The CASAT OnDemand blog post from May 29, 2019, Peer Recovery Support Workers: The Research Says “Yes!”, covers the history and research supporting peer recovery support specialists, foundational principles of the movement, activities peer recovery specialists engage in, and the Core Competencies that peer recovery support workers must develop for each category. A variety of national and Nevada resources are provided, including links to the Bringing Recovery Supports to Scale (BRSS TACS) website, International Certification and Reciprocity Consortium (IC&RC), and Nevada Certification Board (NCB). Hopefully that blog post sparked some interest in Peer Recovery & Support Specialist (PRSS) Certification and prompted some to follow through and explore further. If not, perhaps the information and resources provided here will serve as motivation to explore the possibility, particularly for those in recovery from gambling disorder who are may be considering the benefits to themselves and others of PRSS certification.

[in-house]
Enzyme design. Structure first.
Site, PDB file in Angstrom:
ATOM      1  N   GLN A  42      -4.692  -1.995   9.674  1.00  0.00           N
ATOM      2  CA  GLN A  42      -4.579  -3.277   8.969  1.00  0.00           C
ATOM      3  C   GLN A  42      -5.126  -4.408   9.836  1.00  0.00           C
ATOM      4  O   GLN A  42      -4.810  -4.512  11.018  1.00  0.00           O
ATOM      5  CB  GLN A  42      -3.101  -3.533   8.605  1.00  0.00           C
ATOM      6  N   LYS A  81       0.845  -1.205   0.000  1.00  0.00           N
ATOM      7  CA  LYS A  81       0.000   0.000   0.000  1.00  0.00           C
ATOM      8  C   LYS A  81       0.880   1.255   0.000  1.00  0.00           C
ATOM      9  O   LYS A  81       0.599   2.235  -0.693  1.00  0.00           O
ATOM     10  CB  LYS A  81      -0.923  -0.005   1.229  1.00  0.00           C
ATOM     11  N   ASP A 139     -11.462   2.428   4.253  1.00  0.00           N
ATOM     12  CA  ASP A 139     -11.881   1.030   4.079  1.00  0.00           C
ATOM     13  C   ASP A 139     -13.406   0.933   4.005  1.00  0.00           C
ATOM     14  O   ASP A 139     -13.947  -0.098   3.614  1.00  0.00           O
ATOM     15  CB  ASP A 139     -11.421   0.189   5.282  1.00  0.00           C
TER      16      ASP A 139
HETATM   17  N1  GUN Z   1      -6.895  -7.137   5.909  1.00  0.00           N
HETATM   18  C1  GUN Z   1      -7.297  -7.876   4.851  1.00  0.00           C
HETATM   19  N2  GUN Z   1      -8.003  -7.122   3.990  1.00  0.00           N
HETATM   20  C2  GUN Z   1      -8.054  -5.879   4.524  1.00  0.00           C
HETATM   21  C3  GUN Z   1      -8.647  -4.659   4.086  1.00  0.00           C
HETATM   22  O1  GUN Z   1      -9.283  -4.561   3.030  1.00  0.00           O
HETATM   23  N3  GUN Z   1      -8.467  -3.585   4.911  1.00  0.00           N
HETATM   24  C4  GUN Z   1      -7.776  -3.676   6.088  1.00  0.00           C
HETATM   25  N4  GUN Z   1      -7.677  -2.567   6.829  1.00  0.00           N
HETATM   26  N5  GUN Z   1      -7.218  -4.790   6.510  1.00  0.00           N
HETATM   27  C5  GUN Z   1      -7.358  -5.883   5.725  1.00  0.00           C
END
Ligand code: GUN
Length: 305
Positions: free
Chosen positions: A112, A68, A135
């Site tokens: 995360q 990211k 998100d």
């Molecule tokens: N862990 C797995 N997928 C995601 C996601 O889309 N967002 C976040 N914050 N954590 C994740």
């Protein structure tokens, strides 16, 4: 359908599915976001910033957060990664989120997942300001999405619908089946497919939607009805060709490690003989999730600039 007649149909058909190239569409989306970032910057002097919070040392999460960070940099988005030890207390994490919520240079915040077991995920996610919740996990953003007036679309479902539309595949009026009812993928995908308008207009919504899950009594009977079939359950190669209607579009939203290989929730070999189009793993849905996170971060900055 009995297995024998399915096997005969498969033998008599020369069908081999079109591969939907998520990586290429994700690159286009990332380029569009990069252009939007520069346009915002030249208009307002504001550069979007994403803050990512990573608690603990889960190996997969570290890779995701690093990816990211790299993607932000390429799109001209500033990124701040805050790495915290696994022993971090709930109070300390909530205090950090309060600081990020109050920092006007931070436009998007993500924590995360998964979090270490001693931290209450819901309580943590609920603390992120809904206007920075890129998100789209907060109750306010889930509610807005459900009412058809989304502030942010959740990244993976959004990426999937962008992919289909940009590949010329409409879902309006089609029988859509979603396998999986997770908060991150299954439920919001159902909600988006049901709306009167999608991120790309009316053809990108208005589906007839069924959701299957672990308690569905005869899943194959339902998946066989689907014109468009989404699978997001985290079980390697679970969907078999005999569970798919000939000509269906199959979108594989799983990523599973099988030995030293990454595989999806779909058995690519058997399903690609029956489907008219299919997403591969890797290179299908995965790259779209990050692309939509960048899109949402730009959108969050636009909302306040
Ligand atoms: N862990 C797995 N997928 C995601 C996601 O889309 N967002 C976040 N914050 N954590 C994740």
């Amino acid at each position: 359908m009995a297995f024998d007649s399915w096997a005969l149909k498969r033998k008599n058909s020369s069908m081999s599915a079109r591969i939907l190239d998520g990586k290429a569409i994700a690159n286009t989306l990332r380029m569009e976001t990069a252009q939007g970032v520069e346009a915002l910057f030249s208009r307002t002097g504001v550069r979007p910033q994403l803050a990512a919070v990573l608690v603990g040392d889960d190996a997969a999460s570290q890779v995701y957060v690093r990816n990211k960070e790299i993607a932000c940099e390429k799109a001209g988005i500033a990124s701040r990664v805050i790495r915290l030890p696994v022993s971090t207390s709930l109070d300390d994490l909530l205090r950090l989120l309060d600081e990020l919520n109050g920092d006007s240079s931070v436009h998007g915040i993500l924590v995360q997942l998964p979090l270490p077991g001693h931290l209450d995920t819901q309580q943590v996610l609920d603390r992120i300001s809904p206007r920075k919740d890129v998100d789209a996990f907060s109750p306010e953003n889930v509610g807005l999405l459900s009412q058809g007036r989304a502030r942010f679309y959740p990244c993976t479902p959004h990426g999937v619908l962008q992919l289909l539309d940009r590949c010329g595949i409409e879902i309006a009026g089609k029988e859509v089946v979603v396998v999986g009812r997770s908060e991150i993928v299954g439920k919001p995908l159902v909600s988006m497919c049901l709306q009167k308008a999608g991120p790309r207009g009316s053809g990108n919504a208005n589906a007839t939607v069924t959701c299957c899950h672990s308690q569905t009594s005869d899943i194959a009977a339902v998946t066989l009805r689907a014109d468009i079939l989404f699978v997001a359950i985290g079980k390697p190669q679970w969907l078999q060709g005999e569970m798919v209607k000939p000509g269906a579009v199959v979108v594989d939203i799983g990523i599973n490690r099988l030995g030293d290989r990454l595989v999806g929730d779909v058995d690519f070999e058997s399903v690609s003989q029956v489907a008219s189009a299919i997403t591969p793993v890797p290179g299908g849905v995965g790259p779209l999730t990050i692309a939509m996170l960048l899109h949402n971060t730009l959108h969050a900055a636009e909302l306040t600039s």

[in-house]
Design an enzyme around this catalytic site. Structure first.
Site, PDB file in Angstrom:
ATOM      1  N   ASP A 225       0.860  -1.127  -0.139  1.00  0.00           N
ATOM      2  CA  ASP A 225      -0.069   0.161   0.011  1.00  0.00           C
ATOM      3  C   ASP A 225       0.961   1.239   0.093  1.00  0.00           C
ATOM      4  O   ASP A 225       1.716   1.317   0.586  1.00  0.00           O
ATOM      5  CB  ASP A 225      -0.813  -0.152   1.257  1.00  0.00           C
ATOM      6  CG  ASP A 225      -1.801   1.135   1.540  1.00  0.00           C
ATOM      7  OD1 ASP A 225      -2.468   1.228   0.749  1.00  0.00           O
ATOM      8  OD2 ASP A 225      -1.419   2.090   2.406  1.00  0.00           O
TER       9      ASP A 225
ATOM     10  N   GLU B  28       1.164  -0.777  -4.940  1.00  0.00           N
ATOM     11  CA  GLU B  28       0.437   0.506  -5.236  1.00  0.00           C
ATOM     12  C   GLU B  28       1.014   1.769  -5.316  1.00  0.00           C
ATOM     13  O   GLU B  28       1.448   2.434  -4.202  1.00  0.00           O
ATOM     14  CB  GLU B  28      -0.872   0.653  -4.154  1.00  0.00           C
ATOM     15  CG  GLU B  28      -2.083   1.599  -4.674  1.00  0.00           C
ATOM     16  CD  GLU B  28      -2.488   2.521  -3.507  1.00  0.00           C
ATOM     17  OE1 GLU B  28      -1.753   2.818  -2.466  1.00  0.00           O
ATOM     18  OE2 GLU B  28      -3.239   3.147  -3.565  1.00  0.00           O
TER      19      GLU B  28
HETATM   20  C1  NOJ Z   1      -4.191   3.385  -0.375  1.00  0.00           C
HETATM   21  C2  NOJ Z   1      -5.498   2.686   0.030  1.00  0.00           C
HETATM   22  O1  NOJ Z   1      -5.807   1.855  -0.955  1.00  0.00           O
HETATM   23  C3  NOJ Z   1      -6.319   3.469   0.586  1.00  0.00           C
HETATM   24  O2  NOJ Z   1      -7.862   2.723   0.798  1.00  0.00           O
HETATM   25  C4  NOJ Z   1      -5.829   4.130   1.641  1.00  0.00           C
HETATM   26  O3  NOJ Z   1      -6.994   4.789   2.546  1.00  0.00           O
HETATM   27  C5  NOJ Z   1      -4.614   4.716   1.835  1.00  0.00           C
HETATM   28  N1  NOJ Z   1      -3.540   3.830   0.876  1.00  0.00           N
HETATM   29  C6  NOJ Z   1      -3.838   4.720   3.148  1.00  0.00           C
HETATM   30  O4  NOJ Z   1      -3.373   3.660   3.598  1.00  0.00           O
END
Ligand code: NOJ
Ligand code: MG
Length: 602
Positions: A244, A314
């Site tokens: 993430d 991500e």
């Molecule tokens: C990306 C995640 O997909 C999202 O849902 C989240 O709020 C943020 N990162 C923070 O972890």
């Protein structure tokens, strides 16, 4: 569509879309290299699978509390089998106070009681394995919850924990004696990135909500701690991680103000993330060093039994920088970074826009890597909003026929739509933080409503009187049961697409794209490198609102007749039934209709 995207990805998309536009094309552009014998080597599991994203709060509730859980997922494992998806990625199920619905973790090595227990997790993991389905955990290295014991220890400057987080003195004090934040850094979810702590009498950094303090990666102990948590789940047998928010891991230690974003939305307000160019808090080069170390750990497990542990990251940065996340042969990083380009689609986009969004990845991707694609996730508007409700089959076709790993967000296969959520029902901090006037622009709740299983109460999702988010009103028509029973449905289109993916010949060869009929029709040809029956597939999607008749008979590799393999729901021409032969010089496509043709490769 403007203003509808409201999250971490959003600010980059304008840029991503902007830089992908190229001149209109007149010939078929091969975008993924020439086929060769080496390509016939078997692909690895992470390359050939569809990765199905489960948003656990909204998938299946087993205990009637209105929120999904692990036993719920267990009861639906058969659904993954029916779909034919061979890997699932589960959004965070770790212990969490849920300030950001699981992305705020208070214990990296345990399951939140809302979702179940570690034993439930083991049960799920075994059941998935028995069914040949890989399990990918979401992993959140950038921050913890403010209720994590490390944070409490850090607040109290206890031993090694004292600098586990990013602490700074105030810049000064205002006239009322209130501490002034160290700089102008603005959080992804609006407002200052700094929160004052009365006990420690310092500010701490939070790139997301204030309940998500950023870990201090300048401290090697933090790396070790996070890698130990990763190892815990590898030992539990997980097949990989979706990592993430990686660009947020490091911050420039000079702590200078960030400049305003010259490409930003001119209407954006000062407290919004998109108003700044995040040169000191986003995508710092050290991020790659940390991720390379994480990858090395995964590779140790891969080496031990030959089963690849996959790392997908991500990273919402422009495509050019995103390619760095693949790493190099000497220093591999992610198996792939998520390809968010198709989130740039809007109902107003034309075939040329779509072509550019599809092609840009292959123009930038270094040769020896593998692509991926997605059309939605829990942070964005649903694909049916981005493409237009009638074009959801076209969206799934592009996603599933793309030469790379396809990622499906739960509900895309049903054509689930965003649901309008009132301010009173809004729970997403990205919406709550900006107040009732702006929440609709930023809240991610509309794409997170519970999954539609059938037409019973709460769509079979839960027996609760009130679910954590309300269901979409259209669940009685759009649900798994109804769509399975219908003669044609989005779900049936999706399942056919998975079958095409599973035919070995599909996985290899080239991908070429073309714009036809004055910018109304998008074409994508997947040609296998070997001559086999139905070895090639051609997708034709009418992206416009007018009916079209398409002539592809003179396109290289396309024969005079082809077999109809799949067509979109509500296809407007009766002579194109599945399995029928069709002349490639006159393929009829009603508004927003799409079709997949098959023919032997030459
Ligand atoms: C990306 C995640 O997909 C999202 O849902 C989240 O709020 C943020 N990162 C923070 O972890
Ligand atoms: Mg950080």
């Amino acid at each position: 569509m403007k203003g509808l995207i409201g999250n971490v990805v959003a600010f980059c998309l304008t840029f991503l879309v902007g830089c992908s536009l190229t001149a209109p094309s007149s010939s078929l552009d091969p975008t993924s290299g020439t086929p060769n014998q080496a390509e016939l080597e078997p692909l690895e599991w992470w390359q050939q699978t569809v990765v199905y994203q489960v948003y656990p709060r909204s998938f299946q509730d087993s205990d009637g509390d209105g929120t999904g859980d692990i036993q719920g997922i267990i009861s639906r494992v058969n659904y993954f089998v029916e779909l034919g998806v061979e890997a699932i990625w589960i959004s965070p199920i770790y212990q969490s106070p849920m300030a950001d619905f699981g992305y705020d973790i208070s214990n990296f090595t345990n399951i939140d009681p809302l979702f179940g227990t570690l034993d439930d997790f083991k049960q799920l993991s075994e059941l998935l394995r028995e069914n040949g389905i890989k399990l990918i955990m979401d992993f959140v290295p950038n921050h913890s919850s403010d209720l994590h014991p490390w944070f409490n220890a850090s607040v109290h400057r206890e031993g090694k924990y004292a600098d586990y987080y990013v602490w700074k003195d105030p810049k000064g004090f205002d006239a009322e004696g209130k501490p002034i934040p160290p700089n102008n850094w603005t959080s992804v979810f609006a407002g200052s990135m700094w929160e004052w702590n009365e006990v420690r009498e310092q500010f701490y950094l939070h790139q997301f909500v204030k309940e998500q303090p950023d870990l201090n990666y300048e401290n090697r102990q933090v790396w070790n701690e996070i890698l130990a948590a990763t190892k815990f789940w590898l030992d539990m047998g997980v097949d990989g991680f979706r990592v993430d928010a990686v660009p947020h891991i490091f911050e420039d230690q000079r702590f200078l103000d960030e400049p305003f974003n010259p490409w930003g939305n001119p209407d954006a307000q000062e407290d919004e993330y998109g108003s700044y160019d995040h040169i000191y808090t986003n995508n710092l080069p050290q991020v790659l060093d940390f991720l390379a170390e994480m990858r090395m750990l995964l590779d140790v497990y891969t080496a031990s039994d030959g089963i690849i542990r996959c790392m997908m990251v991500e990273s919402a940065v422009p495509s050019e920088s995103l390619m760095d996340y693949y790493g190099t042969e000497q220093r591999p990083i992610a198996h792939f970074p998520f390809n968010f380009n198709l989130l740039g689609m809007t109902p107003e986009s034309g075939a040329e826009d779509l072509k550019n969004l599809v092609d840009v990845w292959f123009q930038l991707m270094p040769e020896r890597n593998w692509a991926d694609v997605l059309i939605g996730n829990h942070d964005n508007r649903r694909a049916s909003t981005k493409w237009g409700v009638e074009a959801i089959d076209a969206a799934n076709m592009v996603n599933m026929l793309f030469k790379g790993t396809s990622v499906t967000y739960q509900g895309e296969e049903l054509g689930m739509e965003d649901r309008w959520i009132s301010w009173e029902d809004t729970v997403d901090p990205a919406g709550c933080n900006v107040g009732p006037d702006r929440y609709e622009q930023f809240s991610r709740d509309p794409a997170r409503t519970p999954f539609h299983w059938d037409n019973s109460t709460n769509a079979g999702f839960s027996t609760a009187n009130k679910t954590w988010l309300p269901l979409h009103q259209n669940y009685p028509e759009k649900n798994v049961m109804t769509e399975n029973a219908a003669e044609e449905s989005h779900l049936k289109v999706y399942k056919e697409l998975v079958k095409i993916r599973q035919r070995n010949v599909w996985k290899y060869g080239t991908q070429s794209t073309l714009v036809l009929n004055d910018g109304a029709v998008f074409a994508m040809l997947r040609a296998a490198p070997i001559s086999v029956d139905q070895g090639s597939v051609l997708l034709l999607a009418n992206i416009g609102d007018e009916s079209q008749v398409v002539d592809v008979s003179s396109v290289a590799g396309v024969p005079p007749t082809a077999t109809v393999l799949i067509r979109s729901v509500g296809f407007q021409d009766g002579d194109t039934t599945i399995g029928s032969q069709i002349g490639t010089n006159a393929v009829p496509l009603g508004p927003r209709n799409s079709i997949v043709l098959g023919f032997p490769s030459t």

Behavioral health professionals have access to a variety of recovery support tools and resources through the Substance Abuse and Mental Health Services Administration (SAMHSA) Bringing Recovery Supports to Scale Technical Assistance Center Strategy (BRSS TACS), which advances effective recovery supports and services for people with mental or substance use disorders and their families. The Peer web page for the BRSS TACS website provides information and resources for both peer workers and those who supervise them:
Specific Peer Support Resources include:
Access video trainings on peer support services, youth and young adults, and other topics.